As I am researching the literature on Pseudomonas aeruginosa for my next paper collaboration, I thought I’d compile some facts about P. aeruginosa and list ways of controlling this ‘superbug’ in water systems.
As I’m sure people involved in infection control in hospitals know well, P. aeruginosa is present in hospitals environment and it is dangerous to health because it can lead to various types of infections including pneumonia.
It is particularly important when it affects immunocompromised patients in hospitals’ intensive care units (Oliver et al 2015).
Here is my compilation of 10 facts we ought to know about P. aeruginosa
1. P. aeruginosa can be transmitted by direct contact with water through: drinking, bathing, contact with wounds, splashing from water outlets (taps), inhalation of water droplets (aerosols), and equipment rinsed in contaminated water (DH Estates and Facilities Division 2016).
2. P. aeruginosa is usually present in biofilms formed in pipes, taps, shower heads, and dead-end pipes. Its presence is particularly evident within the last two metres before the point of discharge and devices fitted to the tap outlet, such as mixing valves, solenoids or outlet fittings, may exacerbate the problem by providing ideal conditions and nutrients for microbial growth (DH Estates and Facilities Division 2016).
3. P. aeruginosa grows best at 37 ℃ but it is tolerant to a wide range of temperature, being able to multiply at temperatures as low as 4 ℃ and as high as 42 ℃ (Lutz and Lee 2011).
4. In biofilms, some P. aeruginosa cells can withstand temperatures of 85℃ (Kisko and Szabo-Szab, 2011).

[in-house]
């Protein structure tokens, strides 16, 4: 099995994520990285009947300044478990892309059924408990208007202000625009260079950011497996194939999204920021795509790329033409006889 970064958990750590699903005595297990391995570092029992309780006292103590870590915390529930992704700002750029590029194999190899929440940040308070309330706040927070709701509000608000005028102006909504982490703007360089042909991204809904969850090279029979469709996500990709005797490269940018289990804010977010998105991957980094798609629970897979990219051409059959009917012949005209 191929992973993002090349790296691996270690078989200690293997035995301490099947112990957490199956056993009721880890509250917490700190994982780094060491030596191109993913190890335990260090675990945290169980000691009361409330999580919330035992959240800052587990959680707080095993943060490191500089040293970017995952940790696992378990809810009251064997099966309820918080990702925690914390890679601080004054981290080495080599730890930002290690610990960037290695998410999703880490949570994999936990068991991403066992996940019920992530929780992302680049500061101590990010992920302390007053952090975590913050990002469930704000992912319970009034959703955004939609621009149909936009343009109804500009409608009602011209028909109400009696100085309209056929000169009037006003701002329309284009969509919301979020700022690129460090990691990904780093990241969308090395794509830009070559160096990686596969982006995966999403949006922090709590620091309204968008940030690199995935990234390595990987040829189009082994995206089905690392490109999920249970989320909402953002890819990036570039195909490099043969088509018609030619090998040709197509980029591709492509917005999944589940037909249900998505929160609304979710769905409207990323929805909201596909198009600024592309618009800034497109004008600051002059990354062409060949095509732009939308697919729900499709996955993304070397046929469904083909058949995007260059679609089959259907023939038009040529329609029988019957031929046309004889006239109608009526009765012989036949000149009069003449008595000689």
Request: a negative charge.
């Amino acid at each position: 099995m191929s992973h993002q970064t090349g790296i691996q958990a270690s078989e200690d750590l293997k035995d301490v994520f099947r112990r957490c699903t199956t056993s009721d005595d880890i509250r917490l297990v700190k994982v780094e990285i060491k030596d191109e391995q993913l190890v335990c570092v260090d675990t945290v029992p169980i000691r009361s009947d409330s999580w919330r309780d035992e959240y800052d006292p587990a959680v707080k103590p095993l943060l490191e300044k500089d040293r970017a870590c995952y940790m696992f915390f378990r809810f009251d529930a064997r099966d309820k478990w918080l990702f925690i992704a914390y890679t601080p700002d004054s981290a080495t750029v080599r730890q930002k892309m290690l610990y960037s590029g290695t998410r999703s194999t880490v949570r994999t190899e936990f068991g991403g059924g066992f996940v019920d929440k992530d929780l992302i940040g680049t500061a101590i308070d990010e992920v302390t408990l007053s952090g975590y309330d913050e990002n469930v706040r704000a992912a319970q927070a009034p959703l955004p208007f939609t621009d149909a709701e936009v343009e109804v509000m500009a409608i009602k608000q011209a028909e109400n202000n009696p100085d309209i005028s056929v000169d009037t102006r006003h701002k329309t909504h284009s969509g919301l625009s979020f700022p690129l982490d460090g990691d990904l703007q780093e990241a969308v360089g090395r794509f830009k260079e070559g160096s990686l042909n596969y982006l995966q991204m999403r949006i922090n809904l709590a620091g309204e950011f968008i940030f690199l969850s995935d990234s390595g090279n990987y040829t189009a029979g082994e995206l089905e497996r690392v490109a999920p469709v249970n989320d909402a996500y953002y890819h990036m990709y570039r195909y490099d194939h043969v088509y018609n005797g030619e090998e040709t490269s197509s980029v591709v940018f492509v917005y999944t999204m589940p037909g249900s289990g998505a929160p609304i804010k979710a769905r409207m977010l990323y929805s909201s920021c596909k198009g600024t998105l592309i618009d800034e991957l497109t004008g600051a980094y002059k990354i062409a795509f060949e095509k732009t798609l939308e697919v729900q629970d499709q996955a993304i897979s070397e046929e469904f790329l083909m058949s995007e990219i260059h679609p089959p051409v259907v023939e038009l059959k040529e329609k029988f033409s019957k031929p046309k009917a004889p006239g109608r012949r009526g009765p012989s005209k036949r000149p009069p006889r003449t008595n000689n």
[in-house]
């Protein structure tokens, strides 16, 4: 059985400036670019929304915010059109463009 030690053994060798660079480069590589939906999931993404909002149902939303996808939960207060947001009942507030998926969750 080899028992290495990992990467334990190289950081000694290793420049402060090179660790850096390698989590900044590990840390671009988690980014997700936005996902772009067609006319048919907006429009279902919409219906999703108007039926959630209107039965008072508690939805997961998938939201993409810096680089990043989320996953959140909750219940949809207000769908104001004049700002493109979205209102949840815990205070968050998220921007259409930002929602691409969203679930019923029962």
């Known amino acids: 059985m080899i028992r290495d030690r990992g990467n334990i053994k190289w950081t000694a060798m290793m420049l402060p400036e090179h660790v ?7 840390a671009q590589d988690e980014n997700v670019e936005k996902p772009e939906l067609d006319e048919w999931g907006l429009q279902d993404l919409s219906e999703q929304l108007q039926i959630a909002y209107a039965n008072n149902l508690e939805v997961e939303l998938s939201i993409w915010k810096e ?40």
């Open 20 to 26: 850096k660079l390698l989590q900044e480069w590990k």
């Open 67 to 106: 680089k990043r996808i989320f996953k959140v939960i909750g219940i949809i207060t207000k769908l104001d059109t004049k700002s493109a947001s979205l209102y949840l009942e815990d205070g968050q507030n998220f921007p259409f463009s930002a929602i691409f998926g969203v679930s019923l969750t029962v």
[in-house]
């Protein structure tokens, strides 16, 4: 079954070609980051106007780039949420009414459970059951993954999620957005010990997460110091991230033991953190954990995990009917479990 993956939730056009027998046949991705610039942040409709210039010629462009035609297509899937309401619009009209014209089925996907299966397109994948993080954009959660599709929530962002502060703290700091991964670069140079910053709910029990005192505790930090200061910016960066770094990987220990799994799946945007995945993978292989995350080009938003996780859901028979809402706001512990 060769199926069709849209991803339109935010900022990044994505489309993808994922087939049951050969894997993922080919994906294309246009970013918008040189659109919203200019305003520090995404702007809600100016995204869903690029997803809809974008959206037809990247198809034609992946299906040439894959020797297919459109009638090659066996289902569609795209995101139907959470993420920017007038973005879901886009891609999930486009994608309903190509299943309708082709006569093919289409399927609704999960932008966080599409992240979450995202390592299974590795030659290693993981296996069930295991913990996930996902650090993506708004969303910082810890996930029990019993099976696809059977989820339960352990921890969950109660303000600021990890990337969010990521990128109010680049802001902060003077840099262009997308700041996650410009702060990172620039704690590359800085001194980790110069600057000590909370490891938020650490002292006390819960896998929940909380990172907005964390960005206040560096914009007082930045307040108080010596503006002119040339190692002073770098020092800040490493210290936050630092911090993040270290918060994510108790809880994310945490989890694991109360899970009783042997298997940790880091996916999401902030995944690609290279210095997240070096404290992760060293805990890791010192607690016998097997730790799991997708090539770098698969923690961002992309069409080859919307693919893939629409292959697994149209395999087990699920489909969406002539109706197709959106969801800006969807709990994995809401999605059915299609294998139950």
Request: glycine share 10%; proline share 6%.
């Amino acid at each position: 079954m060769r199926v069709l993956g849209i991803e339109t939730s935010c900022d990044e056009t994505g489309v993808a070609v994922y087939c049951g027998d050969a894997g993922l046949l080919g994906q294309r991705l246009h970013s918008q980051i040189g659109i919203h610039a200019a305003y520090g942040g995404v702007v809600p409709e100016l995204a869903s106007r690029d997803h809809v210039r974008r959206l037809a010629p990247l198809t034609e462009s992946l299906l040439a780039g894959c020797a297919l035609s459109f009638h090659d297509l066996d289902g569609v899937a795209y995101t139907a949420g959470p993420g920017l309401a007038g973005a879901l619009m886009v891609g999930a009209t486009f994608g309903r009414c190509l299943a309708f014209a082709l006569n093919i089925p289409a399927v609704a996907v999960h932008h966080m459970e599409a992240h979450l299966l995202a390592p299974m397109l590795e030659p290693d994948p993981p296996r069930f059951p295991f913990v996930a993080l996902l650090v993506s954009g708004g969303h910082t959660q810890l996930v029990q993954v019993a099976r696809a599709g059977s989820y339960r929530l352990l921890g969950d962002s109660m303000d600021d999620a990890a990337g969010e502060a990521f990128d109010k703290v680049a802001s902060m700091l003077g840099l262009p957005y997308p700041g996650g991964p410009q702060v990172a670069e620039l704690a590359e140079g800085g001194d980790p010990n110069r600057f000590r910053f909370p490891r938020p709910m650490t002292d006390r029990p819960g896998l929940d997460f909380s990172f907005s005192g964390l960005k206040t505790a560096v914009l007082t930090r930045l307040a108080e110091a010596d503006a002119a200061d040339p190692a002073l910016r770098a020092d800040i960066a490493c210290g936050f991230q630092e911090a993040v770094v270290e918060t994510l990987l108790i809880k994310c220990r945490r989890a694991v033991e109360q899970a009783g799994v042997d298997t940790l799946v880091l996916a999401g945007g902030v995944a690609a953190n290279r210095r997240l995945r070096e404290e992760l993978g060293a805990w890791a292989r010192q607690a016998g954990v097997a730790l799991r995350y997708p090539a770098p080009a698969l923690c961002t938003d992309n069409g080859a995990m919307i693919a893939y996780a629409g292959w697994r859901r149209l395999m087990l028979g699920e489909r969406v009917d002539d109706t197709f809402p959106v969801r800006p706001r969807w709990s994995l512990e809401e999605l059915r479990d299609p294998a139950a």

5. P. aeruginosa is more likely to infect those who are already very ill, including patients in critical care units, such as high dependency, transplant, burns, and renal units (Oliver et al 2015).
6. P. aeruginosa is believed to be responsible for approximately 10% of hospital acquired infections (Mena and Gerba, 2009).
7. P. aeruginosa causes the following types of infections: blood infection (septicaemia), heart infection (endocarditis), bone infection (osteomyelitis), nervous system infection (meningitis), urinary tract infection, gastrointestinal disorders, wound infections, respiratory tract infections and pneumonia (Mena and Gerba, 2009). In fact, P. aeruginosa is the number one pathogen causing ventilator associated pneumonia and burn wound infections, both associated with a very high (>30%) mortality rate (Vincent 2003).
8. P. aeruginosa already has a high natural resistance to many antibiotics and it also can develop resistance to new antibiotics by a variety of means. A few isolates of P. aeruginosa are resistant to all reliable antibiotics and this problem seems likely to continue to grow (Livermore 2002).